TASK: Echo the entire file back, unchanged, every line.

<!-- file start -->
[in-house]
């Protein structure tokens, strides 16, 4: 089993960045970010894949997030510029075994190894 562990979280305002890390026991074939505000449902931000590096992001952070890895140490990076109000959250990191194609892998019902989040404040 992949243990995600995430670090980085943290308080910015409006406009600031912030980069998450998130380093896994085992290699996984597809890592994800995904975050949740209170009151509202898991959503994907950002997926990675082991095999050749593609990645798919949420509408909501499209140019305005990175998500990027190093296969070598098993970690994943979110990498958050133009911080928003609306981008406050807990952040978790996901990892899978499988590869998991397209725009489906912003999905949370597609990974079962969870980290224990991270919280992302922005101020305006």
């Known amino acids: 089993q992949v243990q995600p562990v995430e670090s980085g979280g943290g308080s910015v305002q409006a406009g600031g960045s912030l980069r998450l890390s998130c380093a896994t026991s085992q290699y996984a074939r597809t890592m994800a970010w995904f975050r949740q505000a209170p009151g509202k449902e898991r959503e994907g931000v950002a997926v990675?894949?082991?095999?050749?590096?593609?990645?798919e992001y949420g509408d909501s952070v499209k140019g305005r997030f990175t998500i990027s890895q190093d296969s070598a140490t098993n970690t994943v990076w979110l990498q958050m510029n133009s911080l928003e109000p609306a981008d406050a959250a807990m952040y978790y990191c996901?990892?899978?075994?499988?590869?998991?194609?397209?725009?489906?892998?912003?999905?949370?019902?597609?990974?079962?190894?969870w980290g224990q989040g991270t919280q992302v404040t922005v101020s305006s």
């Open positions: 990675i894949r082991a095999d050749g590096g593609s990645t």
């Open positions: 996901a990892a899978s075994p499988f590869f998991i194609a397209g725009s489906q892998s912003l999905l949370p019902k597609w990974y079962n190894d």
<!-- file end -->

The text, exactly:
[in-house]
């Protein structure tokens, strides 16, 4: 089993960045970010894949997030510029075994190894 562990979280305002890390026991074939505000449902931000590096992001952070890895140490990076109000959250990191194609892998019902989040404040 992949243990995600995430670090980085943290308080910015409006406009600031912030980069998450998130380093896994085992290699996984597809890592994800995904975050949740209170009151509202898991959503994907950002997926990675082991095999050749593609990645798919949420509408909501499209140019305005990175998500990027190093296969070598098993970690994943979110990498958050133009911080928003609306981008406050807990952040978790996901990892899978499988590869998991397209725009489906912003999905949370597609990974079962969870980290224990991270919280992302922005101020305006």
């Known amino acids: 089993q992949v243990q995600p562990v995430e670090s980085g979280g943290g308080s910015v305002q409006a406009g600031g960045s912030l980069r998450l890390s998130c380093a896994t026991s085992q290699y996984a074939r597809t890592m994800a970010w995904f975050r949740q505000a209170p009151g509202k449902e898991r959503e994907g931000v950002a997926v990675?894949?082991?095999?050749?590096?593609?990645?798919e992001y949420g509408d909501s952070v499209k140019g305005r997030f990175t998500i990027s890895q190093d296969s070598a140490t098993n970690t994943v990076w979110l990498q958050m510029n133009s911080l928003e109000p609306a981008d406050a959250a807990m952040y978790y990191c996901?990892?899978?075994?499988?590869?998991?194609?397209?725009?489906?892998?912003?999905?949370?019902?597609?990974?079962?190894?969870w980290g224990q989040g991270t919280q992302v404040t922005v101020s305006s």
């Open positions: 990675i894949r082991a095999d050749g590096g593609s990645t």
């Open positions: 996901a990892a899978s075994p499988f590869f998991i194609a397209g725009s489906q892998s912003l999905l949370p019902k597609w990974y079962n190894d």